Skip to content

Teen safety with others

Most relationships that your teen has will be harmless, supportive and enjoyable. Having conversations with them about staying safe will encourage them to tell you if they have any worries about how someone is acting.

As they grow up they’ll spend more time away from you. You can help them take precautions and let them know how to react if they feel uncomfortable in a situation.

How to encourage a child to stay safe with others 

  • Encourage your child to go with their ‘gut’ feelings. If they feel uncomfortable about something, they need to act on it.
  • Explain to your child the importance of getting away from someone who frightens them. They could go to a place where there are lots of other people or ask for help from a police officer, or someone in a shop or another family if you’re not there.
  • It’s vital that your children know they can raise concerns if they feel worried or uncomfortable with someone they know, including a family member. They must tell their trusted adult even if the person who is worrying them has told them not to.

Talking to your child about healthy relationships

Chat to your teen about healthy relationships. You might feel awkward but there are ways to make the conversation easier. Choose a time to chat with your child where you are relaxed and won’t be interrupted. Several short conversations might be easier than one long session trying to cover everything at once. Chatting about the feelings and emotions of relationships is as important as explaining the physical side of sexual relationships. The NSPCC has advice to help you understand the difference between healthy and unhealthy relationships, and on what you can do to support your child if you are worried about them.

Talk to your teen about the risk of abuse within relationships to help them learn how to stay safe. You can find more support on the ‘relationship and sex’ page.


High angle view at young African-American man smiling gratefully to psychologist while while in support group circle, copy spaceThis is when someone tries to become friends with a child to take advantage of them. The abuser forms a relationship and an attachment to the child. This encourages the child to go along with the abuse, making it less likely for them to tell anyone about it.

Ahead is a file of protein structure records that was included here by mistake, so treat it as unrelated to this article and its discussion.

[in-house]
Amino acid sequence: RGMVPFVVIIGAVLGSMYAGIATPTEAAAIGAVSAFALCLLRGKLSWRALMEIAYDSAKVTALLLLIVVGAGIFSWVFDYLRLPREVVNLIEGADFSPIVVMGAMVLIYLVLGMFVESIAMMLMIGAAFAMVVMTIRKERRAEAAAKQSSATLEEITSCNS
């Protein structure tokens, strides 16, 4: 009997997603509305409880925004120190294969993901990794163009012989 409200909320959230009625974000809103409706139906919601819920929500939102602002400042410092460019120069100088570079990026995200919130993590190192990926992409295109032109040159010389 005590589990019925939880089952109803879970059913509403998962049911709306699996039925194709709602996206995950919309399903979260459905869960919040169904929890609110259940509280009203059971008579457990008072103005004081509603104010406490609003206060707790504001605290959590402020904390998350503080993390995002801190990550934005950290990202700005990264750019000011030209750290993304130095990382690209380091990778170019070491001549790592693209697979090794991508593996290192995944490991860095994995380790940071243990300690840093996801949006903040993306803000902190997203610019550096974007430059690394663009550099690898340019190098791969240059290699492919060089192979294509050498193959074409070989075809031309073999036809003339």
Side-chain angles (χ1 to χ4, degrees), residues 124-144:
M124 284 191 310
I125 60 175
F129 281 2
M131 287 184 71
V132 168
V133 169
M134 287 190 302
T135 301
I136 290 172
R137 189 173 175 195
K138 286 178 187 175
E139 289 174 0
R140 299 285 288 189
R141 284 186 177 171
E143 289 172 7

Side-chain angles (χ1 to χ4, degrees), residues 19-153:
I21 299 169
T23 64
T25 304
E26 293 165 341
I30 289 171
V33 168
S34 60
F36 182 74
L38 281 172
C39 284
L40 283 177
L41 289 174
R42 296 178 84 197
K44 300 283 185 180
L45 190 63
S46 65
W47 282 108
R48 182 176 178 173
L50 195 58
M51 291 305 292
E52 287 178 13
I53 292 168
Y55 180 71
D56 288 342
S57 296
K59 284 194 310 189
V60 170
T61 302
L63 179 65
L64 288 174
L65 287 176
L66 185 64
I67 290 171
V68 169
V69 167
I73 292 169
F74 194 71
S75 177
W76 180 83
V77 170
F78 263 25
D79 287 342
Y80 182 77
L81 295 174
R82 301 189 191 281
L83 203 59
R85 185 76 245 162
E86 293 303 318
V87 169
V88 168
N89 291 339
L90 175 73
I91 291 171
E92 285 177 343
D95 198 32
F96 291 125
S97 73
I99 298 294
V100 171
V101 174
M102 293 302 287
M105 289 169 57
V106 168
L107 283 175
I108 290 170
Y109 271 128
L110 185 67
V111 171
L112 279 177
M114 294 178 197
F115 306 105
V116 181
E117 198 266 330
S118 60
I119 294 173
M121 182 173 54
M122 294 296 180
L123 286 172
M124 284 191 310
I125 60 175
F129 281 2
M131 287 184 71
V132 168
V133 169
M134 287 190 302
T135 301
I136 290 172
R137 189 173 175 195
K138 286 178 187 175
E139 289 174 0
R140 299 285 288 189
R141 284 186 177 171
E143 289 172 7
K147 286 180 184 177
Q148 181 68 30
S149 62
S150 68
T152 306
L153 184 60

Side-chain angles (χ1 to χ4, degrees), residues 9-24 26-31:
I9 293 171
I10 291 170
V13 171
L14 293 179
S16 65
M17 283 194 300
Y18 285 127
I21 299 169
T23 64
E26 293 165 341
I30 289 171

The groomer is very clever at what they do. They’ll be friendly and enthusiastic making it harder for your teen to turn them down. It can be difficult to identify them as a groomer, because they’ll seem so normal to you or your child.

They could be someone you know, even a family member, or they might be a stranger or someone in authority, like a teacher. In some cases they will first befriend the parents, so they can get to know the child.

Help protect your teen from being groomed by understanding the risks including young people:

  • who are on their own a lot and without adult supervision
  • who are bullied or don’t have many friends
  • with special educational needs
  • who have low mood or self-esteem
  • who are not in school a lot of the time
  • who are on the internet regularly without supervision.

The NSPCC has more information on grooming.


The NSPCC has more advice about how to spot the signs of criminal exploitation and involvement in gangs and what support is available for children and young people.

Families who might need further support

Some young people may be more vulnerable to abuse. The best way that you as a parent can protect your child from abuse is to have an open relationship based on honesty. has a useful guide to support parents with a child with additional needs to arm your child with the confidence, knowledge and skills to protect themselves to let them enjoy exploring all that life has to offer.

Useful resources

  • The NSPCC and Childline have information on talking to your child about healthy relationships, consent and sex.
  • The NSPCC has useful information on grooming.
  • You can visit our puberty page for more information on puberty and growing up.